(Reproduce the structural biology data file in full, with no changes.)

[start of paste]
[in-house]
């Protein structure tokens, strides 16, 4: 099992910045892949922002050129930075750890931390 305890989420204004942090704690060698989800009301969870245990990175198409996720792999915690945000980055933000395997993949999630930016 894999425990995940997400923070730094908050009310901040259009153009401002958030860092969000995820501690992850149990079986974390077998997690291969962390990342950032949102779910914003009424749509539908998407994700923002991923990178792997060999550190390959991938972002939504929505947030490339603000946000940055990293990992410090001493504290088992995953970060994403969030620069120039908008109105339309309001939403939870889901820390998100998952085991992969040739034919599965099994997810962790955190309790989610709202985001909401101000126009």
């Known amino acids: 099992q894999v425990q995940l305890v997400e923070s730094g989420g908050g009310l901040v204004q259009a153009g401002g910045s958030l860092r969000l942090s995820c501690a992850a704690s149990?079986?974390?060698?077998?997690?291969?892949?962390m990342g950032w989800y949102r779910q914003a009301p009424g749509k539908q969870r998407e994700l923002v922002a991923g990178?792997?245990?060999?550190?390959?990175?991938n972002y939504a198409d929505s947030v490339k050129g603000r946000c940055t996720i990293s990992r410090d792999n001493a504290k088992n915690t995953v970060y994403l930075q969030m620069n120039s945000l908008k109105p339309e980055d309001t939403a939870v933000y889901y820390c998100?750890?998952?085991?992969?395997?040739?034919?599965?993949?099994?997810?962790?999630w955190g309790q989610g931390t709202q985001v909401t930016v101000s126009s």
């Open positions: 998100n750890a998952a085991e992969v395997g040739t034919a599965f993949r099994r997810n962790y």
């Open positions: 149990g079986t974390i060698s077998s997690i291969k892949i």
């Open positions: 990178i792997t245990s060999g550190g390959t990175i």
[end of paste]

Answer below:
[in-house]
């Protein structure tokens, strides 16, 4: 099992910045892949922002050129930075750890931390 305890989420204004942090704690060698989800009301969870245990990175198409996720792999915690945000980055933000395997993949999630930016 894999425990995940997400923070730094908050009310901040259009153009401002958030860092969000995820501690992850149990079986974390077998997690291969962390990342950032949102779910914003009424749509539908998407994700923002991923990178792997060999550190390959991938972002939504929505947030490339603000946000940055990293990992410090001493504290088992995953970060994403969030620069120039908008109105339309309001939403939870889901820390998100998952085991992969040739034919599965099994997810962790955190309790989610709202985001909401101000126009």
């Known amino acids: 099992q894999v425990q995940l305890v997400e923070s730094g989420g908050g009310l901040v204004q259009a153009g401002g910045s958030l860092r969000l942090s995820c501690a992850a704690s149990?079986?974390?060698?077998?997690?291969?892949?962390m990342g950032w989800y949102r779910q914003a009301p009424g749509k539908q969870r998407e994700l923002v922002a991923g990178?792997?245990?060999?550190?390959?990175?991938n972002y939504a198409d929505s947030v490339k050129g603000r946000c940055t996720i990293s990992r410090d792999n001493a504290k088992n915690t995953v970060y994403l930075q969030m620069n120039s945000l908008k109105p339309e980055d309001t939403a939870v933000y889901y820390c998100?750890?998952?085991?992969?395997?040739?034919?599965?993949?099994?997810?962790?999630w955190g309790q989610g931390t709202q985001v909401t930016v101000s126009s």
């Open positions: 998100n750890a998952a085991e992969v395997g040739t034919a599965f993949r099994r997810n962790y």
């Open positions: 149990g079986t974390i060698s077998s997690i291969k892949i």
């Open positions: 990178i792997t245990s060999g550190g390959t990175i």